Vietnam requires children to wear helmets

AP – Saturday, April 18

HANOI, Vietnam – Vietnam has closed a legal loophole that exempts children from wearing motorcycle helmets when they ride with their parents, state media reported Saturday.

Under a revised Transport Law that will take effect July 1, adults transporting children under age of 16 without a helmet will be fined up to 200,000 dong ($11), the Thanh Nien (Young People) newspaper said.

Currently, children under 16 or the adults responsible for them cannot be penalized if youngsters riding as passengers do not wear a helmet.

The World Health Organization has urged the Vietnamese government to amend the law to include penalties.

The loophole had weakened a generally successful helmet law that Vietnam enacted in 2007.

Motorbikes are the main mode of transport in Vietnam, with 24 million of them in a country of 87 million people. The WHO has said that even with the exemption for children, the helmet law has helped to save more than 1,000 lives per year since it was introduced.

Vietnam recorded 13,000 road deaths last year, one of the world’s highest rates per 100,000 with the majority of accidents involving motorbikes.

Vietnamese Female Workers Need More Maternity Leave

HO CHI MINH City, Oct 30 (Bernama) — A survey done at 34 textile and garment, leather-shoe, seafood processing and other factories in 10 provinces has shown that labour policies for women workers are impractical, Vietnam News Agency (VNA) reported Thursday.

The Vietnam General Confederation of Labour’s Women Workers’ Welfare Division, which did the survey, found that policies regarding maternity leave and wages during this period were not women-friendly.

Pham Thi Thanh Hong, deputy head of the division, said children were not fed properly during their first six months because their mothers, who were unable to rest or take care of their health, did not secrete enough milk or were at work.

The survey found that with the current four-month leave for women post-delivery, almost 50 percent of women workers were unable to nurse their babies for a full six months.

Nguyen Trong An, deputy director of the Child Care and Protection Department, warned this was causing malnutrition among children in Vietnam.

During the four-month leave period, the employees only receive a salary of 700,000 VND (US$43.7) to 1.2 million VND (US$75) a month. As a result, almost 32 percent of workers want to return to work before the four months are up.

Some enterprises pay an allowance for raising children below one year. Griee River Wood in Binh Duong province pays 50,000 VND per month, Yamaha Motor Vietnam (Hanoi) , and Good Top (HCM City), pay 100,000 VND.

Women workers have asked the division to increase their maternity leave to six months to better care for their children.

Another problem facing women returning to work after delivery is entrusting their children’s care to someone else.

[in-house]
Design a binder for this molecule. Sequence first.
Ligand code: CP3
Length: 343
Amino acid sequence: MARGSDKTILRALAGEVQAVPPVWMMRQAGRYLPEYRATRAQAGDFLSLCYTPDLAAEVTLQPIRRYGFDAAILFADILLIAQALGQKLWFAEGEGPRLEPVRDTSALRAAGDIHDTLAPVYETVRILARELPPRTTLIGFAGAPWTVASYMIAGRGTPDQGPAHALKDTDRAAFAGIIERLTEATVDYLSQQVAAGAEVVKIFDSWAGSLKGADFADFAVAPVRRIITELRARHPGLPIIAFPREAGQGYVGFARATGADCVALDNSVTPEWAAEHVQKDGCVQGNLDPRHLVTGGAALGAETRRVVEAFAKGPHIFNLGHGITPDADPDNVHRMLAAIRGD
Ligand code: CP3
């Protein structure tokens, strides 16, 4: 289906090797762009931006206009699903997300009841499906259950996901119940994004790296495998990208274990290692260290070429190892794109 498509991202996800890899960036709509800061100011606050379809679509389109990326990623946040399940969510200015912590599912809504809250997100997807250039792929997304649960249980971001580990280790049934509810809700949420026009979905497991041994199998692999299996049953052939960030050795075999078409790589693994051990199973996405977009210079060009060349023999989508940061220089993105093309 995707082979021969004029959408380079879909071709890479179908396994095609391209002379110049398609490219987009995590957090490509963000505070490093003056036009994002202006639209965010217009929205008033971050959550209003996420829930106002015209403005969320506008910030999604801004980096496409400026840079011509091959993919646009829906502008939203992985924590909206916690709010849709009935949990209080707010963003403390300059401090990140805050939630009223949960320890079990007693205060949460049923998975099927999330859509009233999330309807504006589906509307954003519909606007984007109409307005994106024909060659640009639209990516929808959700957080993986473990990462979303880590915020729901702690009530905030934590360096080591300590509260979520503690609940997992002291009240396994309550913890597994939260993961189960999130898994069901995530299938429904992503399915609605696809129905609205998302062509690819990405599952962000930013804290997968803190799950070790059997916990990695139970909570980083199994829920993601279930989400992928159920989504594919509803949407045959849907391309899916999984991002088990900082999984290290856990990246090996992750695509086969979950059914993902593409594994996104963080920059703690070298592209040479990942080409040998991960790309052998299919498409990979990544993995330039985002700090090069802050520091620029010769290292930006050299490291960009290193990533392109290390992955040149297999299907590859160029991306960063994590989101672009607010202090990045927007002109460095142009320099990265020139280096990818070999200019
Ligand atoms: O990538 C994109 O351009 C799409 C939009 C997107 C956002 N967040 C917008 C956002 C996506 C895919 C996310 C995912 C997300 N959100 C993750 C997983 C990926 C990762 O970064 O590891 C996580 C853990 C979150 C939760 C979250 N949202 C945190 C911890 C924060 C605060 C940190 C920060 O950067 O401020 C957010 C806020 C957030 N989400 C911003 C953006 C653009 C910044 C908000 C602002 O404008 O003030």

Public kindergartens only take in children aged 18 months or more, Private kindergartens demand 500,000 – 700,000 VND a month, not much less than their mothers’ wage of 1-2 million VND.

Vietnamese Female Workers Need More Maternity Leave

Carly Zalenski decided to build a school for children in Vietnam. It took her two years. She was 12.

Carly Zalenski’s eyes filled with tears as the dusty bus rattled down a dirt road in southern Vietnam. The 14-year-old and her family had traveled by plane from Canton, Ohio, to Ho Chi Minh City and then by bus deep into the Mekong Delta. Now, as they approached the village, hundreds of cheering schoolchildren lined the entrance to the Hoa Lac School, a two-story concrete building that Carly had raised money for.

Carly started helping others when she was eight, handing out Thanksgiving baskets at church to families in need. It was a snowy day, and she saw that one girl was wearing flip-flops and others didn’t have warm coats. The next November, she went door-to-door asking for used coats, hats, gloves, and scarves, then handed them out with the baskets.

But Carly wanted to do more-she wanted to “change lives,” she says. She remembered that her grandmother’s Rotary club had, years earlier, raised money to build a school in Vietnam. That was it, she decided. She’d build a school too.

She put together a PowerPoint presentation on the people and culture of Vietnam. At 12, barely able to see over the podium, she gave her first fund-raising pitch. Though her new braces made it hard to enunciate, she spoke with enthusiasm. “The kids in rural Vietnam don’t have decent schools,” she told a room of 200 Rotarians. “That’s not fair. I want to give them a place to make their lives better.”

That summer, Carly set off with her family across Ohio, visiting three or four Rotary clubs a week. “We traveled like crazy people to all these meetings,” recalls her mother, Kris.